Antibiotic use in food animals and its effect on antimicrobial resistance spread and human health

Most people alive today have never known a world without antibiotics. Antibiotics became widely used to treat bacterial infections in the 1930s and ‘40s, and were quickly labeled a “miracle drug”. But, as the widespread use of antibiotics evolved, so did the discovery of antibiotic-resistant bacteria. And we have now entered an era where antibiotic resistance is considered one of the biggest worldwide public health challenges of our time.

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We can learn a lot from poop

A summary of Using sewage for surveillance of antimicrobial resistance by Aarestrup and Woolhouse (2020)

Key Points

  • Sewage-based surveillance for antimicrobial resistance provides a flexible, scalable, and quickly implementable AMR tracking method.
  • Advances in DNA sequencing enable faster and more responsive resistance monitoring, which is essential to address AMR surveillance worldwide.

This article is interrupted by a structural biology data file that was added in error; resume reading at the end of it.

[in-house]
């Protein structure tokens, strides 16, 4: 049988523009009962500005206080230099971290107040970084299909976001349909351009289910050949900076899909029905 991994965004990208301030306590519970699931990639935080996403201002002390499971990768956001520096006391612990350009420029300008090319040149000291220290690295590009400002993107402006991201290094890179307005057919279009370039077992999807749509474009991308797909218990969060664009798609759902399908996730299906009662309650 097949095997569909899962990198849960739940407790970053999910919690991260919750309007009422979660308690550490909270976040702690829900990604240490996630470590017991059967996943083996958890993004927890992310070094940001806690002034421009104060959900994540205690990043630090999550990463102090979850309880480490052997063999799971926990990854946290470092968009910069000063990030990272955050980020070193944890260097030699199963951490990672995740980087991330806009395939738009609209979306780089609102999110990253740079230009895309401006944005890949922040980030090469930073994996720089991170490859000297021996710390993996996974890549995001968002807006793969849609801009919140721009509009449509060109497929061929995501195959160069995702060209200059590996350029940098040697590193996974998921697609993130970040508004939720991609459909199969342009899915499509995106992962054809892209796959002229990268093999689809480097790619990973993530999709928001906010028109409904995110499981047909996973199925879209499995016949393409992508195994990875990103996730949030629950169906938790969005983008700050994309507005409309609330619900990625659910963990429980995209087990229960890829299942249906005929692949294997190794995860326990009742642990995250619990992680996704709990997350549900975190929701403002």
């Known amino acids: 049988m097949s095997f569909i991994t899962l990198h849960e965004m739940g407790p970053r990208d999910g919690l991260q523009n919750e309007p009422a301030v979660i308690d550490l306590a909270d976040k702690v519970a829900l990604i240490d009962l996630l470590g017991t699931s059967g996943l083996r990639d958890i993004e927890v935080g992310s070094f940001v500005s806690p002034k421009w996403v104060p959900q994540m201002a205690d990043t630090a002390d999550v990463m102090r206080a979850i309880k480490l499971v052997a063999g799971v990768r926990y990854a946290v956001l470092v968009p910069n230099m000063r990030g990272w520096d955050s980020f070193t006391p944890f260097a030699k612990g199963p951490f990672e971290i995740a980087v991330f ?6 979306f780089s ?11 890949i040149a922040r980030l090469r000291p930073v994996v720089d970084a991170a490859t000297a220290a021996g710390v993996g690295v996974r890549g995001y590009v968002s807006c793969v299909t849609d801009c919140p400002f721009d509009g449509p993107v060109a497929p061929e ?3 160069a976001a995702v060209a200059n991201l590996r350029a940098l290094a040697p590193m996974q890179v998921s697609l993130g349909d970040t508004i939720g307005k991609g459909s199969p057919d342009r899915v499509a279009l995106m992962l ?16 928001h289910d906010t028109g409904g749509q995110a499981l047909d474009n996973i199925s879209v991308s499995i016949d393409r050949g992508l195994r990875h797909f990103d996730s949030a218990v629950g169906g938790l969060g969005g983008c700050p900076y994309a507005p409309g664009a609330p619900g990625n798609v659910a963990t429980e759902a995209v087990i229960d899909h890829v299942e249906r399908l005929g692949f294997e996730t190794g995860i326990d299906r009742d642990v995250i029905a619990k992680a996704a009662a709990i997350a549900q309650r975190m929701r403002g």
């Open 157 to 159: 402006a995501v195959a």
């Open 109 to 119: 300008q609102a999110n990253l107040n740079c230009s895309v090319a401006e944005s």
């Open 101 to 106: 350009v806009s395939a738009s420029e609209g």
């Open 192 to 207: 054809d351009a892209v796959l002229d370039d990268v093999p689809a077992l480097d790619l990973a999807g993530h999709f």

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Antimicrobial Resistant Bacteria in Surface Water Bodies

Antimicrobial resistance is a challenge that many face today in the agricultural field. As antibiotics and supplements are given to farm animals and their manure applied to crops and pasture, microbes are demonstrating resistance to antibiotics in agricultural settings. These bacteria have also been found residing in surface water bodies after being influenced by agriculture or animal production. These highly resistant bacteria have caused problems for human health with exposure to these bacteria.

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The growth of antibiotic resistance has become a serious threat to human health

A brief summary of the manuscript, Update on the Antibiotic Crisis by Rossolini et al. (2014)

Key Points:

  • Developing new antibiotics is only a stop-gap solution to a growing antibiotic resistance crisis.
  • Drugs able to treat the newest strains of resistant bacteria are still years away, while resistance continues to spread.